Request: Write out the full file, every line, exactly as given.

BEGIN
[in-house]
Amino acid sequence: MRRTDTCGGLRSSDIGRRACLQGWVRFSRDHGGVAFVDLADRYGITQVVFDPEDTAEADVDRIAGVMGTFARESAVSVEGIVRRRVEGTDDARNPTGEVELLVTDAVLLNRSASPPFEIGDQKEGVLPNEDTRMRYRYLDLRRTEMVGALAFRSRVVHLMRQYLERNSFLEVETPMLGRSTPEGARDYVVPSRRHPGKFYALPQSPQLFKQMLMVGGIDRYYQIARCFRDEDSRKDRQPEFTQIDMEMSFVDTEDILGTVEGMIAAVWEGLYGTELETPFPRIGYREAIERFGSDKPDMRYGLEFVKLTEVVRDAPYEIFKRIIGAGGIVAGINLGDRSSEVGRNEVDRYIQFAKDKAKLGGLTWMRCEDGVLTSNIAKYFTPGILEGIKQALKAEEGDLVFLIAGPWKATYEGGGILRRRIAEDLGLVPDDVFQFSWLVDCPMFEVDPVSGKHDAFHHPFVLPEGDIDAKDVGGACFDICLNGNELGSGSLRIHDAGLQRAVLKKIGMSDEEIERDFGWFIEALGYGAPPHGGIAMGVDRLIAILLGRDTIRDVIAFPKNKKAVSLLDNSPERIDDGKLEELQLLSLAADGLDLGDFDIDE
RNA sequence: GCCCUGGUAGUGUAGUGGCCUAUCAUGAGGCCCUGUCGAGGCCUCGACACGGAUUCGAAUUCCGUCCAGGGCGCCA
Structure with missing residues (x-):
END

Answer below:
[in-house]
Amino acid sequence: MRRTDTCGGLRSSDIGRRACLQGWVRFSRDHGGVAFVDLADRYGITQVVFDPEDTAEADVDRIAGVMGTFARESAVSVEGIVRRRVEGTDDARNPTGEVELLVTDAVLLNRSASPPFEIGDQKEGVLPNEDTRMRYRYLDLRRTEMVGALAFRSRVVHLMRQYLERNSFLEVETPMLGRSTPEGARDYVVPSRRHPGKFYALPQSPQLFKQMLMVGGIDRYYQIARCFRDEDSRKDRQPEFTQIDMEMSFVDTEDILGTVEGMIAAVWEGLYGTELETPFPRIGYREAIERFGSDKPDMRYGLEFVKLTEVVRDAPYEIFKRIIGAGGIVAGINLGDRSSEVGRNEVDRYIQFAKDKAKLGGLTWMRCEDGVLTSNIAKYFTPGILEGIKQALKAEEGDLVFLIAGPWKATYEGGGILRRRIAEDLGLVPDDVFQFSWLVDCPMFEVDPVSGKHDAFHHPFVLPEGDIDAKDVGGACFDICLNGNELGSGSLRIHDAGLQRAVLKKIGMSDEEIERDFGWFIEALGYGAPPHGGIAMGVDRLIAILLGRDTIRDVIAFPKNKKAVSLLDNSPERIDDGKLEELQLLSLAADGLDLGDFDIDE
RNA sequence: GCCCUGGUAGUGUAGUGGCCUAUCAUGAGGCCCUGUCGAGGCCUCGACACGGAUUCGAAUUCCGUCCAGGGCGCCA
Structure with missing residues (x-):